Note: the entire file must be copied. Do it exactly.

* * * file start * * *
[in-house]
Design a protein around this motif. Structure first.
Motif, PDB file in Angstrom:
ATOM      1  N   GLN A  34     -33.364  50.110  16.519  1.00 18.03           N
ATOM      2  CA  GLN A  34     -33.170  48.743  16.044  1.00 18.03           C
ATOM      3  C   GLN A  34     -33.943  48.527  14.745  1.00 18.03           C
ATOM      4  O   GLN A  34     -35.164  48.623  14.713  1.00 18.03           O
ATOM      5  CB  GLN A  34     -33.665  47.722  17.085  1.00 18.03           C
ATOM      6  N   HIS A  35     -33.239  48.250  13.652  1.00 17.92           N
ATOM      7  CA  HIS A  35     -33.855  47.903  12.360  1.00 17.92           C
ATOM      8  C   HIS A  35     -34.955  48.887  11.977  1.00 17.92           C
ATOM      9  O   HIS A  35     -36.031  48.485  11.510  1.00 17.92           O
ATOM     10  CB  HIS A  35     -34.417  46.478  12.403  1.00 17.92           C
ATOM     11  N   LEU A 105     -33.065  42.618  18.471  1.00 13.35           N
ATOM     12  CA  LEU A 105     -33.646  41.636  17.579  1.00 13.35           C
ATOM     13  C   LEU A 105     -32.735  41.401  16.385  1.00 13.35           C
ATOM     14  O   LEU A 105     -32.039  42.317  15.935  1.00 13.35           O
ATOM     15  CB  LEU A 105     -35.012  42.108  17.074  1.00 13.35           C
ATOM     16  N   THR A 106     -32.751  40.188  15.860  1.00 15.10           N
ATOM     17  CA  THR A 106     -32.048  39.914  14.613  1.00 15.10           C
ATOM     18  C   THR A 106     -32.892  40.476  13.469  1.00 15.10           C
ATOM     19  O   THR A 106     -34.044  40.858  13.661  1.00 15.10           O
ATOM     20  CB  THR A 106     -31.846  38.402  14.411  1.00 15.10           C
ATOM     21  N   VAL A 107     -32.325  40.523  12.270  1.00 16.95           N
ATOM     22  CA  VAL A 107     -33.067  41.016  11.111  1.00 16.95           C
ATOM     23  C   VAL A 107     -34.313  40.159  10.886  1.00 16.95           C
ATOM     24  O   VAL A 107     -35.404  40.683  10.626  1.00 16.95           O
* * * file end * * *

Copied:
[in-house]
Design a protein around this motif. Structure first.
Motif, PDB file in Angstrom:
ATOM      1  N   GLN A  34     -33.364  50.110  16.519  1.00 18.03           N
ATOM      2  CA  GLN A  34     -33.170  48.743  16.044  1.00 18.03           C
ATOM      3  C   GLN A  34     -33.943  48.527  14.745  1.00 18.03           C
ATOM      4  O   GLN A  34     -35.164  48.623  14.713  1.00 18.03           O
ATOM      5  CB  GLN A  34     -33.665  47.722  17.085  1.00 18.03           C
ATOM      6  N   HIS A  35     -33.239  48.250  13.652  1.00 17.92           N
ATOM      7  CA  HIS A  35     -33.855  47.903  12.360  1.00 17.92           C
ATOM      8  C   HIS A  35     -34.955  48.887  11.977  1.00 17.92           C
ATOM      9  O   HIS A  35     -36.031  48.485  11.510  1.00 17.92           O
ATOM     10  CB  HIS A  35     -34.417  46.478  12.403  1.00 17.92           C
ATOM     11  N   LEU A 105     -33.065  42.618  18.471  1.00 13.35           N
ATOM     12  CA  LEU A 105     -33.646  41.636  17.579  1.00 13.35           C
ATOM     13  C   LEU A 105     -32.735  41.401  16.385  1.00 13.35           C
ATOM     14  O   LEU A 105     -32.039  42.317  15.935  1.00 13.35           O
ATOM     15  CB  LEU A 105     -35.012  42.108  17.074  1.00 13.35           C
ATOM     16  N   THR A 106     -32.751  40.188  15.860  1.00 15.10           N
ATOM     17  CA  THR A 106     -32.048  39.914  14.613  1.00 15.10           C
ATOM     18  C   THR A 106     -32.892  40.476  13.469  1.00 15.10           C
ATOM     19  O   THR A 106     -34.044  40.858  13.661  1.00 15.10           O
ATOM     20  CB  THR A 106     -31.846  38.402  14.411  1.00 15.10           C
ATOM     21  N   VAL A 107     -32.325  40.523  12.270  1.00 16.95           N
ATOM     22  CA  VAL A 107     -33.067  41.016  11.111  1.00 16.95           C
ATOM     23  C   VAL A 107     -34.313  40.159  10.886  1.00 16.95           C
ATOM     24  O   VAL A 107     -35.404  40.683  10.626  1.00 16.95           O